Can Sales Tax Changes Give the Government Too Much Power?
Ohio collected $45 million in online sales tax this budget year, breaking all previous records. Ohio legislators aren’t satisfied, though, since the Ohio Department of Taxation estimates that they could be collecting $308 million if all Ohio e-commerce transactions were collecting sales tax.
Ohio’s fiscal 2014-2015 budget bill included a provision that would collect sales tax on all transactions between Ohio residents and out-of-state companies, but Gov. John Kasich vetoed the measure. He’s concerned that regulating interstate commerce is a federal matter. Ohio would like to see that income, though. In Ohio and elsewhere, a new argument for online sales tax is emerging: without taxes on e-commerce sales, supporters of the Marketplace Fairness Act are saying, the government gets to pick the winners in business. The argument relies on the belief that consumers will choose a seller who doesn’t have to collect sales taxes over one who does. This would mean that online sellers who don’t collect sales tax in Ohio — which is just one example — would have an advantage over brick-and-mortar sellers. The next part of the argument says that the federal government, by failing to institute a national sales tax on e-commerce, is choosing to give online sellers this advantage.
Carry that on to the conclusion: the federal government is choosing the winners in business. Hubert Joly of Best Buy, one of the most vocal proponents of this claim, says, “I don’t know that anyone believes that the government should be picking the winners in this country.” The argument seems a little weak.
Online sellers have to collect taxes wherever they have nexus, just as brick-and-mortar sellers do. Under the Marketplace Fairness Act, online merchants would have to collect sales tax on all purchases, not just those in tax jurisdictions where they have a physical presence. E-commerce activists are claiming that having to collect sales tax in thousands of jurisdictions when a brick-and-mortar shop would have to collect only in one would be an undue burden. If the federal government requires online sales taxes, the online merchants could turn the argument around and it would make just as much sense.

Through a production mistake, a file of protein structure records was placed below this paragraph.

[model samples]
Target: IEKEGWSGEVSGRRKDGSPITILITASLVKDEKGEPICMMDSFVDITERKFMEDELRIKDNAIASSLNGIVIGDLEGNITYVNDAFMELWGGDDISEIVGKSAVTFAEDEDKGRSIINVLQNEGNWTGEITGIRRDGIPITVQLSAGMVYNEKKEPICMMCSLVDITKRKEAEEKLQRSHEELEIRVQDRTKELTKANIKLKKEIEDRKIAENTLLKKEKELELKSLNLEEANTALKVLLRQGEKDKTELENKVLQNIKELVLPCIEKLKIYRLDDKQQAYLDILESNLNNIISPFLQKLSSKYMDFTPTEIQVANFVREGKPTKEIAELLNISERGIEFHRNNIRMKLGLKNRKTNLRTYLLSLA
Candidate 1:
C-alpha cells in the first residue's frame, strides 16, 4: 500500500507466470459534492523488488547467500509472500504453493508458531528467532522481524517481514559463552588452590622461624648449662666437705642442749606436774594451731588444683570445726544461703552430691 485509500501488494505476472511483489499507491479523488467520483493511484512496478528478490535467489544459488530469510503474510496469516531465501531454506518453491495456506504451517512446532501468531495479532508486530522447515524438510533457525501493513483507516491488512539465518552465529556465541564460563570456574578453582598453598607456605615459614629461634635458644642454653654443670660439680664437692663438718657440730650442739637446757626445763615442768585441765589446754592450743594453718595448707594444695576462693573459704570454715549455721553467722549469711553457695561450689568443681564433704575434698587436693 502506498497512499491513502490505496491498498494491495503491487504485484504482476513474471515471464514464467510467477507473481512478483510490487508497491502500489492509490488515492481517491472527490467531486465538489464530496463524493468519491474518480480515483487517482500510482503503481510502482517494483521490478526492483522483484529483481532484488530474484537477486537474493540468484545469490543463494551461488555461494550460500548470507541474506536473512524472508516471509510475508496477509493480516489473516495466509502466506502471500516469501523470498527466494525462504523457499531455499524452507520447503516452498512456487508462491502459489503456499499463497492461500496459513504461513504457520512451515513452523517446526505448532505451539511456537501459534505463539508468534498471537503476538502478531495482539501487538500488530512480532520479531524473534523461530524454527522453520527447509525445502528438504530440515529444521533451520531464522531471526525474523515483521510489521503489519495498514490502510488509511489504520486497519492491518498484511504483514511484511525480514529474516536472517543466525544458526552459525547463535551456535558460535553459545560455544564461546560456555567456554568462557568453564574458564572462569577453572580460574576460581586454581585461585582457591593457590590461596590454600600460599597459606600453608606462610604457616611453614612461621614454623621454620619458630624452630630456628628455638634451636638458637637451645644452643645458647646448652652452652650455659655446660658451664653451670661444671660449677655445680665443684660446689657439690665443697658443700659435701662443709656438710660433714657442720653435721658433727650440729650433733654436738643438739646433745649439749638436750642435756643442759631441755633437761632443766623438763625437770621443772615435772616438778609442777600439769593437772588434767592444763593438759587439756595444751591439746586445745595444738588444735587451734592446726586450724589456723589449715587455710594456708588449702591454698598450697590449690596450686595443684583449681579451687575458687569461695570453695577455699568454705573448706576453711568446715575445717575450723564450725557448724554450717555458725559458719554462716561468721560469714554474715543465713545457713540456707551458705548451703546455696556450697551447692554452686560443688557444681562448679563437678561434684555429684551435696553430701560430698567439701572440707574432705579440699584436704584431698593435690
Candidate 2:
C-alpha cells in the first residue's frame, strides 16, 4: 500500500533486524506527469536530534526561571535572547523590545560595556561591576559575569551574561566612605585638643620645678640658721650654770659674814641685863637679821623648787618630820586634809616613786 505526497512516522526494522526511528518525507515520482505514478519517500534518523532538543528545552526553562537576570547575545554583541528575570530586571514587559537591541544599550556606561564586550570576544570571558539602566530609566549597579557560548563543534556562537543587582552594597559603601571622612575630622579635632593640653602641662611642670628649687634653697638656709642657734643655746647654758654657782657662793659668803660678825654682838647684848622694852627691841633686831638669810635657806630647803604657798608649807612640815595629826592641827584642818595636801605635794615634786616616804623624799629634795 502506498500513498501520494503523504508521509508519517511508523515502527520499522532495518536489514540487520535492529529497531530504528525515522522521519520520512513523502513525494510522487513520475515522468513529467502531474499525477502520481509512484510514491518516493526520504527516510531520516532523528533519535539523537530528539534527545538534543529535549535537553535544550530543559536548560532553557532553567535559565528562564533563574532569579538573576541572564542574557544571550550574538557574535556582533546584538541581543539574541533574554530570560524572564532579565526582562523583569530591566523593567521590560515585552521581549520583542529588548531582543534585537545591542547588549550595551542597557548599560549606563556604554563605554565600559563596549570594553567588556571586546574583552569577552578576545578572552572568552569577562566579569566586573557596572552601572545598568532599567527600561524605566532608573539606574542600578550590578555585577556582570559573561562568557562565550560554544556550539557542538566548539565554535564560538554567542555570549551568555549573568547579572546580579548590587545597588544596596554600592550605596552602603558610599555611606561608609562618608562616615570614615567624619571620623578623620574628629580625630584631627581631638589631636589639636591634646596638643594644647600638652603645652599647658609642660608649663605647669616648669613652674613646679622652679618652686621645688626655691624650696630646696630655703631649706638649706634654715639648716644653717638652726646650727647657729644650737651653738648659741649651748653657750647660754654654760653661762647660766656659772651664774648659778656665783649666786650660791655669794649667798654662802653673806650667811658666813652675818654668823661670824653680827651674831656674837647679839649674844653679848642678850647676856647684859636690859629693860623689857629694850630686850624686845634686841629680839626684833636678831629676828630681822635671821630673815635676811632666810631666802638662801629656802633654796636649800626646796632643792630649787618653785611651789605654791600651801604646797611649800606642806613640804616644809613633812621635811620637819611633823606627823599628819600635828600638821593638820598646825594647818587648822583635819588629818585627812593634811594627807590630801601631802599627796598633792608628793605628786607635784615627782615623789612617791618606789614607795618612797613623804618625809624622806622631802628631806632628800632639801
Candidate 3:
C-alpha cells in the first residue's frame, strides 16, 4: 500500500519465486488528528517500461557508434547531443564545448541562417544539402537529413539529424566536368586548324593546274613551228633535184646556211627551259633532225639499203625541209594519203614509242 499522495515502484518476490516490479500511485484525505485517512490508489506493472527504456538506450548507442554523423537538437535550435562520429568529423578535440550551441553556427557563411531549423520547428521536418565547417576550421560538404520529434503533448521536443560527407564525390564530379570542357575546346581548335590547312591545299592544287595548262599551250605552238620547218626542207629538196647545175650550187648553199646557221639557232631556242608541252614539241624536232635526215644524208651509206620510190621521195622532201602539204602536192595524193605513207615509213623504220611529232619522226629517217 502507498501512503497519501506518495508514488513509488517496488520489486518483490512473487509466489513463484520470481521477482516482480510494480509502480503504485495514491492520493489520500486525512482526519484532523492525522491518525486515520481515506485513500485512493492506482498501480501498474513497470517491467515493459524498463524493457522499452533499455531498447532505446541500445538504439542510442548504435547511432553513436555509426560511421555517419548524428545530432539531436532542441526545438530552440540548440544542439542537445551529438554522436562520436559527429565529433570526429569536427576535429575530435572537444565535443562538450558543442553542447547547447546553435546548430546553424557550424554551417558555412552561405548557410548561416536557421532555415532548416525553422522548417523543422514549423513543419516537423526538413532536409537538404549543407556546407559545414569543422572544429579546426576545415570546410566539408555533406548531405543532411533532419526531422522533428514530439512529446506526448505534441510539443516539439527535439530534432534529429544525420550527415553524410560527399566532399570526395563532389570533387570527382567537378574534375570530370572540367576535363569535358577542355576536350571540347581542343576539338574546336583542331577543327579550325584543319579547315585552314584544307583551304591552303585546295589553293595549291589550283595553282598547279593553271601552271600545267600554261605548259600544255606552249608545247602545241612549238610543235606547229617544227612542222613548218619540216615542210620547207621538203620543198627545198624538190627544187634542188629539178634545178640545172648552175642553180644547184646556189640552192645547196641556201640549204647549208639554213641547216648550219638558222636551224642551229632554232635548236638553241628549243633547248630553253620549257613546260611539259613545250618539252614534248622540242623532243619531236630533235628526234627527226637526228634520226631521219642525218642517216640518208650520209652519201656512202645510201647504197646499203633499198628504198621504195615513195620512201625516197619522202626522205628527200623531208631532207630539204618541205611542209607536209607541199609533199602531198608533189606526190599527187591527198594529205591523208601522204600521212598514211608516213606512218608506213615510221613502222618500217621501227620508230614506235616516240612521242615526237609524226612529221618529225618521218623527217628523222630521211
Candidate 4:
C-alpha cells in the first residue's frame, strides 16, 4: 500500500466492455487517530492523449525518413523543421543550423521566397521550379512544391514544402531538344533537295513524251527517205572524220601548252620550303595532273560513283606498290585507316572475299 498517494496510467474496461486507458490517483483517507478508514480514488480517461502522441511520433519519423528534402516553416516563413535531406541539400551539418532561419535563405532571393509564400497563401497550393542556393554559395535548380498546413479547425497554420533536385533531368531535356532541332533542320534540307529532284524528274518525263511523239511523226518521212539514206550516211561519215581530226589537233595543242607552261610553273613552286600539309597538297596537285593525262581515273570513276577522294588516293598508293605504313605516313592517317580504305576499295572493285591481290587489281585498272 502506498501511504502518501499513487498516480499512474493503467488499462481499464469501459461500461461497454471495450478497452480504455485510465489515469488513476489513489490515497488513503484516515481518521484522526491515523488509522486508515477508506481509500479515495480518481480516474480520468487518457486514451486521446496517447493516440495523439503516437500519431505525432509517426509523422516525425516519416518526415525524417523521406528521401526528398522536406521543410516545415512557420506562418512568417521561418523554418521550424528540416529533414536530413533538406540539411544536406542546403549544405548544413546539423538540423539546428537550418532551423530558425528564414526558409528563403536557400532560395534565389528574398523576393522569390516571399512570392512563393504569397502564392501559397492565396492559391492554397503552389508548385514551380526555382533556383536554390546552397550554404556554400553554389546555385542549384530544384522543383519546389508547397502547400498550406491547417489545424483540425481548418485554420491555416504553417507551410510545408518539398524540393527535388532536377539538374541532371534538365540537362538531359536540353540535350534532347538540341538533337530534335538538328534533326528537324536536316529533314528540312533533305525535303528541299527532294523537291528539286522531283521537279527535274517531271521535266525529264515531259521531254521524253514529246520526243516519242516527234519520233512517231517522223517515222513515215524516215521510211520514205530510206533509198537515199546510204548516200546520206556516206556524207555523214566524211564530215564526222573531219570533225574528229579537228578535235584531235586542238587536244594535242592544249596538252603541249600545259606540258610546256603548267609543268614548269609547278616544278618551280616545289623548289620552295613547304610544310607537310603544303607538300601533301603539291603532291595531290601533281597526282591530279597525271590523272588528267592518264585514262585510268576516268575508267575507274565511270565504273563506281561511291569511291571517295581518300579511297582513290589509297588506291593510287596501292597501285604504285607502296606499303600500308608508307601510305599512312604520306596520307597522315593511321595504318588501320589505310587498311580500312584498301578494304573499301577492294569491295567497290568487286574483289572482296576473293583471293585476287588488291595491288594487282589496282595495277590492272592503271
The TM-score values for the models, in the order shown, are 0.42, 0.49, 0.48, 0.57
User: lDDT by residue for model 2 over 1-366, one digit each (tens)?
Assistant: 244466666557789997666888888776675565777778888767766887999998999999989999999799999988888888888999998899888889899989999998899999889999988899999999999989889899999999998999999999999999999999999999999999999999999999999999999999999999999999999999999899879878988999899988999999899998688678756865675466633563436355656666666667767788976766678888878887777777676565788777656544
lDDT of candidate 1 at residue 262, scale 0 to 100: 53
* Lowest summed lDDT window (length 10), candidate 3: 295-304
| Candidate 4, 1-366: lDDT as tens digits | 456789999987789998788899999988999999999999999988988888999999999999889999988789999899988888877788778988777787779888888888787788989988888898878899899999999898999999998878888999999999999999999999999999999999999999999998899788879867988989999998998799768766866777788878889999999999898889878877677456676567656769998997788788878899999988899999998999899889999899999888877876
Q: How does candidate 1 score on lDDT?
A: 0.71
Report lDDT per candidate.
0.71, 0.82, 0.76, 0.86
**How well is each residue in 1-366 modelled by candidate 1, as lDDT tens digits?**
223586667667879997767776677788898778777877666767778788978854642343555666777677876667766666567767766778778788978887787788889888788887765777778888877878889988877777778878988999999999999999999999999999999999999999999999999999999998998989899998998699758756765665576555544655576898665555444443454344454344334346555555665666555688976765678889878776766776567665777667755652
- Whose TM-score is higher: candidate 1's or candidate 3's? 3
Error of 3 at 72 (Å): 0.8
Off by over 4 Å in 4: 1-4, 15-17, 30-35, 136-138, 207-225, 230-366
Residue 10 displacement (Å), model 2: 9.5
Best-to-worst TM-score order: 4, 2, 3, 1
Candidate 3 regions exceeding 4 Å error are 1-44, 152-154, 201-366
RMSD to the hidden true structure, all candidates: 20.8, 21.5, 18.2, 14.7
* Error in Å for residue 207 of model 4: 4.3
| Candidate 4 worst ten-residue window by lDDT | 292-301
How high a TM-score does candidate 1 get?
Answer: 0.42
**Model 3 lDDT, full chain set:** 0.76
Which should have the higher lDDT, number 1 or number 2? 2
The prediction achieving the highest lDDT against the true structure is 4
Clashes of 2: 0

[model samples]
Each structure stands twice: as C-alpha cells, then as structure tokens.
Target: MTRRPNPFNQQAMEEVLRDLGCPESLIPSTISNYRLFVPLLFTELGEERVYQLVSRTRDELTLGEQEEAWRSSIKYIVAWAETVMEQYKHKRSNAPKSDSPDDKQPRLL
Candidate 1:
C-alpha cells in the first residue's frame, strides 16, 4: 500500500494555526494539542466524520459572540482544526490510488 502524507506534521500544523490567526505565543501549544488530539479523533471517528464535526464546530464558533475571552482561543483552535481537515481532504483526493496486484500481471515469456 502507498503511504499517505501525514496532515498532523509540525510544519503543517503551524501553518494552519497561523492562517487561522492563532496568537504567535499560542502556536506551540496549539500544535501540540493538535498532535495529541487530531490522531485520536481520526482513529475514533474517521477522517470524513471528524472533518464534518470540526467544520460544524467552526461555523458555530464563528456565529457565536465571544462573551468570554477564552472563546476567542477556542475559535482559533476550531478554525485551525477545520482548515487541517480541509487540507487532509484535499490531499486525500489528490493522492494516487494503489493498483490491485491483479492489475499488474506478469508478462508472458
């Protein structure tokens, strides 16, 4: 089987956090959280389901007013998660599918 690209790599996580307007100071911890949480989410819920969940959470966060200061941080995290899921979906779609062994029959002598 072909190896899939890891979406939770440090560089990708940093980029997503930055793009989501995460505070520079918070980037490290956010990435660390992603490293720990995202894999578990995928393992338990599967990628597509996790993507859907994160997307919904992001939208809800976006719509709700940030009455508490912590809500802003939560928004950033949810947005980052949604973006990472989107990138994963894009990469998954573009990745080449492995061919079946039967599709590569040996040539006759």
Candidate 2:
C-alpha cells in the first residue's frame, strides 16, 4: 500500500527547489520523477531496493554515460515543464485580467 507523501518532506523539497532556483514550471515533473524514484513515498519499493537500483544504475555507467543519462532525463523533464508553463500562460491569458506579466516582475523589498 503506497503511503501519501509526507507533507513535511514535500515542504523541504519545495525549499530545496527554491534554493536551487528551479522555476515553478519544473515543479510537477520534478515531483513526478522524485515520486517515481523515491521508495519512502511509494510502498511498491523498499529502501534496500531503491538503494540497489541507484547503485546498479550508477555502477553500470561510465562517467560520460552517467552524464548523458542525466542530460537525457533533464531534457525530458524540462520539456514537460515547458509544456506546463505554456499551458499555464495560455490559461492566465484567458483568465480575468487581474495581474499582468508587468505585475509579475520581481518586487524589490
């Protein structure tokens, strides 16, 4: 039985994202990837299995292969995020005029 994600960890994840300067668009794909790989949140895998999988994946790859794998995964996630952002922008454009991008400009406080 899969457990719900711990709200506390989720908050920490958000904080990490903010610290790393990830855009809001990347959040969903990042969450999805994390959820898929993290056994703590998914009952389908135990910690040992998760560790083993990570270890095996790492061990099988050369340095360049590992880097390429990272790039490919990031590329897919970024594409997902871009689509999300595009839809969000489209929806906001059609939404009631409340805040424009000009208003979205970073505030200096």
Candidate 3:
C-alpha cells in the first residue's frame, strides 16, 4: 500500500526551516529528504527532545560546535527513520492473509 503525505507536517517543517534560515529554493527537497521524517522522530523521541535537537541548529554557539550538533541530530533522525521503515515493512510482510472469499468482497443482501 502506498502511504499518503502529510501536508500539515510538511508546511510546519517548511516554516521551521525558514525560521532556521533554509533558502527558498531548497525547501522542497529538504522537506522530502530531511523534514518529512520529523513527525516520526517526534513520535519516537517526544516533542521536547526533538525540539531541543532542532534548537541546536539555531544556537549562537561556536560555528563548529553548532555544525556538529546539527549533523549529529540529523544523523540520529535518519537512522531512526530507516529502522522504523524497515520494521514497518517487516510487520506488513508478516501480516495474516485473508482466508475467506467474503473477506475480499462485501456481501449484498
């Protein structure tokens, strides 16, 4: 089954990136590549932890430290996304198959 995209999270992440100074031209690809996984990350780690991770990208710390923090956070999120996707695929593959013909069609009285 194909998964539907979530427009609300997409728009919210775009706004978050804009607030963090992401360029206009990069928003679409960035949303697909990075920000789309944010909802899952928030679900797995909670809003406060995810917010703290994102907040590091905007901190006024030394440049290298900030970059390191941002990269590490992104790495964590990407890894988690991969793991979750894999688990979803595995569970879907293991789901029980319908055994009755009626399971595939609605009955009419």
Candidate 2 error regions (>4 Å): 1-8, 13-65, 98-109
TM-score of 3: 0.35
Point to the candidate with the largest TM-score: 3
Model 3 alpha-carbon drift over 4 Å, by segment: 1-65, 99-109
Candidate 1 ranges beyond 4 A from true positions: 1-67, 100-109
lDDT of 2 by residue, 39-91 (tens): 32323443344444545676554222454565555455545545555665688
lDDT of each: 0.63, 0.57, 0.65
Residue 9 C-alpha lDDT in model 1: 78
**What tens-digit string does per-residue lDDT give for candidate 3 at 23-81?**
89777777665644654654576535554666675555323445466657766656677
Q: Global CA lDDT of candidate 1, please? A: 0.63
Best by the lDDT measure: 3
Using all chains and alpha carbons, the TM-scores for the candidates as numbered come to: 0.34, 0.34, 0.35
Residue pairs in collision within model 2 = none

Since sellers with revenues under $1,000,000 would be exempt, small brick-and-mortar businesses would still be competing with small online businesses on unequal terms even if it passes. You could also point out that small e-commerce merchants don’t have to lease space and that they can keep their shops open 24/7 without hiring more workers. Or you could point out that small online businesses have the advantage of being able to attend local Rotary Club meetings. It’s hard to see the government’s hand in Mom and Pop competitions, wherever the sales take place.
The argument may really be between retail behemoths like Best Buy, which must collect sales tax in every state, and Amazon, which only collects sales tax in about half the states. Reframing the issue as a philosophical one may provide an advantage for internet sales tax proponents.